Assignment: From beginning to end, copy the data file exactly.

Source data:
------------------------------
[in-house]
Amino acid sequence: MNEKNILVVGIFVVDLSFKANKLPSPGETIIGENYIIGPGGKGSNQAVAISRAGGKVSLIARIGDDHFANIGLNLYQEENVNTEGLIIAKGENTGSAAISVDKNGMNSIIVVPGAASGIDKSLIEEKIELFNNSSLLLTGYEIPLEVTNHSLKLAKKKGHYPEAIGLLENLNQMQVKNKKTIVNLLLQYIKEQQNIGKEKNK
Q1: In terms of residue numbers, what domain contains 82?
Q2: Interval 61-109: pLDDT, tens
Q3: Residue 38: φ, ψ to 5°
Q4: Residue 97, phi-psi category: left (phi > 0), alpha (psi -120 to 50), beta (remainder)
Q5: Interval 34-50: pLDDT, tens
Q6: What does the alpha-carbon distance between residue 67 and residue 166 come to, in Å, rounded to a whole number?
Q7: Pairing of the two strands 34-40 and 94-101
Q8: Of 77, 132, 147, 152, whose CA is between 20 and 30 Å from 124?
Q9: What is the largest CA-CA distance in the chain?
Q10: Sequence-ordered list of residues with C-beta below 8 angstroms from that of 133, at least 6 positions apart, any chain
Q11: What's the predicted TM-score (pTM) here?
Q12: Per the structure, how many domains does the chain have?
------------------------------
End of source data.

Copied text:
[in-house]
Amino acid sequence: MNEKNILVVGIFVVDLSFKANKLPSPGETIIGENYIIGPGGKGSNQAVAISRAGGKVSLIARIGDDHFANIGLNLYQEENVNTEGLIIAKGENTGSAAISVDKNGMNSIIVVPGAASGIDKSLIEEKIELFNNSSLLLTGYEIPLEVTNHSLKLAKKKGHYPEAIGLLENLNQMQVKNKKTIVNLLLQYIKEQQNIGKEKNK
Q1: In terms of residue numbers, what domain contains 82?
Q2: Interval 61-109: pLDDT, tens
Q3: Residue 38: φ, ψ to 5°
Q4: Residue 97, phi-psi category: left (phi > 0), alpha (psi -120 to 50), beta (remainder)
Q5: Interval 34-50: pLDDT, tens
Q6: What does the alpha-carbon distance between residue 67 and residue 166 come to, in Å, rounded to a whole number?
Q7: Pairing of the two strands 34-40 and 94-101
Q8: Of 77, 132, 147, 152, whose CA is between 20 and 30 Å from 124?
Q9: What is the largest CA-CA distance in the chain?
Q10: Sequence-ordered list of residues with C-beta below 8 angstroms from that of 133, at least 6 positions apart, any chain
Q11: What's the predicted TM-score (pTM) here?
Q12: Per the structure, how many domains does the chain have?